6. Favourite books about cinema/moving-image/filmmaking?
It’s hard to look past Eisenstein’s Film Form for me purely on the basis that I regularly revisit it and feel energised every time. Reading his essay on the fourth dimension in film and his discussion of the difference between a ‘dark window’ and an ‘unlit window’ sends my mind racing every single time.
7. What would be your dream double-bill, two films you’d love to see together on the big screen?
This is quite a tough one because there are so many – and so many that I’m scheming to bring to a London screen at some point in the not-so-distant future. What I find most interesting about curation as a practice is the idea of montage across a programme. I love the way that different films speak to, and illuminate elements of, one another. In that vein the double-bill that most readily springs to mind (and I’ve been meaning to write about for a couple of years but it’s a little too niche for most publications) is Ronnie Trocker’s Summer and Chris Marker’s La Jeteé. When I saw Summer I was struck by the similarity between their concluding images. I’d love to pair them together in a cinema to explore how they both create ‘movies’ out of still images and how they travel through time, revisiting the memories of trapped protagonists.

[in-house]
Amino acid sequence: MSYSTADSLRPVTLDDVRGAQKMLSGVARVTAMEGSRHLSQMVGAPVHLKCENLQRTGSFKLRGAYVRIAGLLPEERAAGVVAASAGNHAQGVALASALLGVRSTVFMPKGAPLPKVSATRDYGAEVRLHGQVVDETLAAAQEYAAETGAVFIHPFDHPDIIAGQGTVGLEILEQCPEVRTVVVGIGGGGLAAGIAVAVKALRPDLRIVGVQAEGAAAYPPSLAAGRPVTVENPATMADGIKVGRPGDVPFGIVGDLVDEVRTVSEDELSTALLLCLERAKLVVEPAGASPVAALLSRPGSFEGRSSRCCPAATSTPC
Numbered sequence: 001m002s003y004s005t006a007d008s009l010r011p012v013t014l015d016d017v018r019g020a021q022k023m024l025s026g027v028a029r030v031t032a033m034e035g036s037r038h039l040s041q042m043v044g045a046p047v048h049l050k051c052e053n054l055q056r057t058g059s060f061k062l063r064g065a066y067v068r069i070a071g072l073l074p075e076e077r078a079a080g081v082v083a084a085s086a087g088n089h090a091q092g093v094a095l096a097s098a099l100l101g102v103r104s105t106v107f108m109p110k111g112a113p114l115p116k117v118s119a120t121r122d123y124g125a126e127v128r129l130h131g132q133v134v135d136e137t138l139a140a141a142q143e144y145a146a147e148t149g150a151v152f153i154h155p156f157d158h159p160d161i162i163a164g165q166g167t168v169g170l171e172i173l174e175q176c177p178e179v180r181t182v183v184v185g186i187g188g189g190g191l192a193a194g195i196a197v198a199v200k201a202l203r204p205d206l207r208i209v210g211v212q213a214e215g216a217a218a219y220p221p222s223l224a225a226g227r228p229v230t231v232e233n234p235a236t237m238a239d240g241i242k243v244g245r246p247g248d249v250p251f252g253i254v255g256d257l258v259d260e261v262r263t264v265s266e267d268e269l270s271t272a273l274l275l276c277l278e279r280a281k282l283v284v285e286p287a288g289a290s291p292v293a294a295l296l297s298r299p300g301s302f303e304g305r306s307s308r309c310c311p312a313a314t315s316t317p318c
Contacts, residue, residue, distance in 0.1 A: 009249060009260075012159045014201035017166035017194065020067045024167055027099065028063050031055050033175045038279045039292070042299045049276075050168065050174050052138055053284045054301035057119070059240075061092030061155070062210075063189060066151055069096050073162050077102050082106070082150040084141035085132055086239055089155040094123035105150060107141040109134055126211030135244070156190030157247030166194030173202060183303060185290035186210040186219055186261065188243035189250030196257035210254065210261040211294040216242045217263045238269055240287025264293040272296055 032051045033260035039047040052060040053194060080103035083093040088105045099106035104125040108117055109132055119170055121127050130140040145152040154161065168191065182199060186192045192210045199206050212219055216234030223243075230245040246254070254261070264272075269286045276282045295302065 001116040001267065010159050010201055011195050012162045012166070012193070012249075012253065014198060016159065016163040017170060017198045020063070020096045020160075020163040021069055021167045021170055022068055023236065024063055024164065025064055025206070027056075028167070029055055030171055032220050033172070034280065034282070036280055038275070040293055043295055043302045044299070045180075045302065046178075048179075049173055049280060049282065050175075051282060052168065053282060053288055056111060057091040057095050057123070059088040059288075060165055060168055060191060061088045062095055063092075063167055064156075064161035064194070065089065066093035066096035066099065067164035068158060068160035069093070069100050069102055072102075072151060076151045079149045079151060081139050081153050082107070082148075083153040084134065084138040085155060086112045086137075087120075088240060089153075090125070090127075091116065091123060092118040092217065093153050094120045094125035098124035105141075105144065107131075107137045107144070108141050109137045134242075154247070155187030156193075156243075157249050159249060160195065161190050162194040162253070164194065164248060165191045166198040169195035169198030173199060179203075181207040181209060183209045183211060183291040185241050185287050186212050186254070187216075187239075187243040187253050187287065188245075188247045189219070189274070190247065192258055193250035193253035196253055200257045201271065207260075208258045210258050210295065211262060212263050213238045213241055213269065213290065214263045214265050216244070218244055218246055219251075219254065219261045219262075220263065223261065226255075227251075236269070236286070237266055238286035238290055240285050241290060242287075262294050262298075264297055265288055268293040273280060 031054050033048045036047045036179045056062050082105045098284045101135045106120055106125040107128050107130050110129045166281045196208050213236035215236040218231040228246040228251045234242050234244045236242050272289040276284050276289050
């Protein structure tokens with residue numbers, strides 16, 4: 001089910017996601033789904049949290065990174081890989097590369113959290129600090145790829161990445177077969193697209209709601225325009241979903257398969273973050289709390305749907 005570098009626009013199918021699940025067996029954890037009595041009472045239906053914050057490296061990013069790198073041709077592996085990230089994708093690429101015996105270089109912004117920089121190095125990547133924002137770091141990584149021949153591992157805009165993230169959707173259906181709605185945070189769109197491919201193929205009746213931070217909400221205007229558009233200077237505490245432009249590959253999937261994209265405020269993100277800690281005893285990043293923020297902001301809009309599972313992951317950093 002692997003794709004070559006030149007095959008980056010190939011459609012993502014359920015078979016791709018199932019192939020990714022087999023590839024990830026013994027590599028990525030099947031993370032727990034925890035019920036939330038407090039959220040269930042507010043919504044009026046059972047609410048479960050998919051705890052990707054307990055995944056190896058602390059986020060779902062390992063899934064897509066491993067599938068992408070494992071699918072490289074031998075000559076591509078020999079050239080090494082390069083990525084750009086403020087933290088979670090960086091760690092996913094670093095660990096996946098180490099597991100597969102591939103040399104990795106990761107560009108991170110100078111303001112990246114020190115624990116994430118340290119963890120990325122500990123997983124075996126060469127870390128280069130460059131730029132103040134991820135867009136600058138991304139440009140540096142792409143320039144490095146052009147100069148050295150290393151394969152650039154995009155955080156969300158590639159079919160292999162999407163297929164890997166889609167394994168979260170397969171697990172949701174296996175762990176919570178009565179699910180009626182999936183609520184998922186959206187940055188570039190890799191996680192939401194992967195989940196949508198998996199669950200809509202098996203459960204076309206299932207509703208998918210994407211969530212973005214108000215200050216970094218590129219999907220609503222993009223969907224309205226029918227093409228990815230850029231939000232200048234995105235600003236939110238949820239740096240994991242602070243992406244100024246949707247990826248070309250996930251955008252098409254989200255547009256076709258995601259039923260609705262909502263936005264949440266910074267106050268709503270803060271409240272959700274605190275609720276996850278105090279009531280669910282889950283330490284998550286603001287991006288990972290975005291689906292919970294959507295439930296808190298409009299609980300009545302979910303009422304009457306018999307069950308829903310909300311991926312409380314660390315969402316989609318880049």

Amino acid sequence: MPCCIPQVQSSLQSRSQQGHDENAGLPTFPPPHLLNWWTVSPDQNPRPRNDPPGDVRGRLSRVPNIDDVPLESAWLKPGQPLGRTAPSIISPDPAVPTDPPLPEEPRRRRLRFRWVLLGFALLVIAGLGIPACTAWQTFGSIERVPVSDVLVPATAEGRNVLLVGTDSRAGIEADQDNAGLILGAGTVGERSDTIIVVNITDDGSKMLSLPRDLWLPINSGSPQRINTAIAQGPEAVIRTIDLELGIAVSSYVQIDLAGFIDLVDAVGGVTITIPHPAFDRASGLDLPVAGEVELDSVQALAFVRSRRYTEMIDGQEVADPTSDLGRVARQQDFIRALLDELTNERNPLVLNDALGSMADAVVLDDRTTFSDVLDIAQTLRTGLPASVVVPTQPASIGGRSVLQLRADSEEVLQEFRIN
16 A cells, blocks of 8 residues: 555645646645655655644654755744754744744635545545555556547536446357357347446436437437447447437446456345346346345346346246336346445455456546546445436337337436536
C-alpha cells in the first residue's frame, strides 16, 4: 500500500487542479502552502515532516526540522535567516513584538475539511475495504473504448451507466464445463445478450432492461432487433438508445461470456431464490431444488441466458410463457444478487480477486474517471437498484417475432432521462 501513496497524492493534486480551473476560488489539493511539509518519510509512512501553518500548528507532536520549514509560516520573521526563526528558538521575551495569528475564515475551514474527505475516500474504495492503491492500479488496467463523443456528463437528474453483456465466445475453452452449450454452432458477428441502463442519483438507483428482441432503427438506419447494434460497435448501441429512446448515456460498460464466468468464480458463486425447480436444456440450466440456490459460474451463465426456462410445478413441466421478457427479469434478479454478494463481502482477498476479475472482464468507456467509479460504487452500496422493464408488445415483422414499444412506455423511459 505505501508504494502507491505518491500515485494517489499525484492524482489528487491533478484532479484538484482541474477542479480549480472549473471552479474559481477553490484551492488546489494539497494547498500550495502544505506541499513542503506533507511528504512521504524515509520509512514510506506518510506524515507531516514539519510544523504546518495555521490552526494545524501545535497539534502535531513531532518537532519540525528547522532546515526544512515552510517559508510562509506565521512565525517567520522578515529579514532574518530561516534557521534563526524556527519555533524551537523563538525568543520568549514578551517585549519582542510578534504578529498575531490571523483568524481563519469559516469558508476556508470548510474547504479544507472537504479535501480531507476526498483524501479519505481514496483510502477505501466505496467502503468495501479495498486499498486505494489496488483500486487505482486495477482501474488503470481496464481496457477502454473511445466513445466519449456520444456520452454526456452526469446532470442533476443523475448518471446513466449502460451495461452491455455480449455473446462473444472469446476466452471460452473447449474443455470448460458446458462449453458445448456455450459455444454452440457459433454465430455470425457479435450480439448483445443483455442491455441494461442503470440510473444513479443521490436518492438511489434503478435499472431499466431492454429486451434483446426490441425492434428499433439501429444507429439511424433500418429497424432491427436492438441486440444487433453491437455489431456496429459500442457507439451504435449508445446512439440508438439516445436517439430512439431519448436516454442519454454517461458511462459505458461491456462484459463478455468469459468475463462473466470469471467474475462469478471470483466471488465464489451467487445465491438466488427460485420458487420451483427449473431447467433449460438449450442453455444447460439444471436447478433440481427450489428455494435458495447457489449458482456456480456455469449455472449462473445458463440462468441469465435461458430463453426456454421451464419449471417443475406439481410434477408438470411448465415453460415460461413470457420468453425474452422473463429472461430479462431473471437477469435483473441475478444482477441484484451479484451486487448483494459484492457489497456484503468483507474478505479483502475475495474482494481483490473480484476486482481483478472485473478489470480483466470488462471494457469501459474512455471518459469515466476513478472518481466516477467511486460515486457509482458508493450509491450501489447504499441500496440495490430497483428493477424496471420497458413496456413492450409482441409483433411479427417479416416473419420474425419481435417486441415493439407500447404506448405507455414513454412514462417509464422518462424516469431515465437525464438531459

8. Which filmmaker/artist are you most obsessed with, the one whose work you return to again and again?
John Smith. If I had to pick a favourite ever film it would probably be The Girl Chewing Gum (which would have been a sure bet for Q5 but I didn’t want to repeat myself!). I’d say I watch The Girl Chewing Gum about once a month and am in constant awe of Smith’s wider work, which continually surprises and inspires me. I’m far from having seen everything but I can’t get enough of those that are available for a rewatch. I’m not sure how many times my better half has been subjected to his one minute masterpiece Gargantuan, but it’s quite a few.
9. What are you currently working on/what projects do you have coming up?
At this very moment I’m sat in the press area in Karlovy Vary answering these questions and trying to finish off an interview backlog for ALT/KINO. Chats with academic and video essayist Catherine Grant, and filmmakers Ekta Mittal, Zia Anger and Gastón Solnicki imminently. I’ve recently launched a zine called SOJOURNS with regular collaborator Matt Turner – in which film critics report from film festivals about anything but the movies – and we’re in the process of placing that in select shops. I’m also in the new issue of Sight & Sound writing about Michael Snow’s reworkings of Wavelength (Slidelength, WVLNT and Waivelength). Future plans include a short film, with fellow football fan/film critic Patrick Gamble, about the relocation of West Ham Football Club, and while I have several screening ideas in stages of development there’s nothing concrete yet, so watch this space.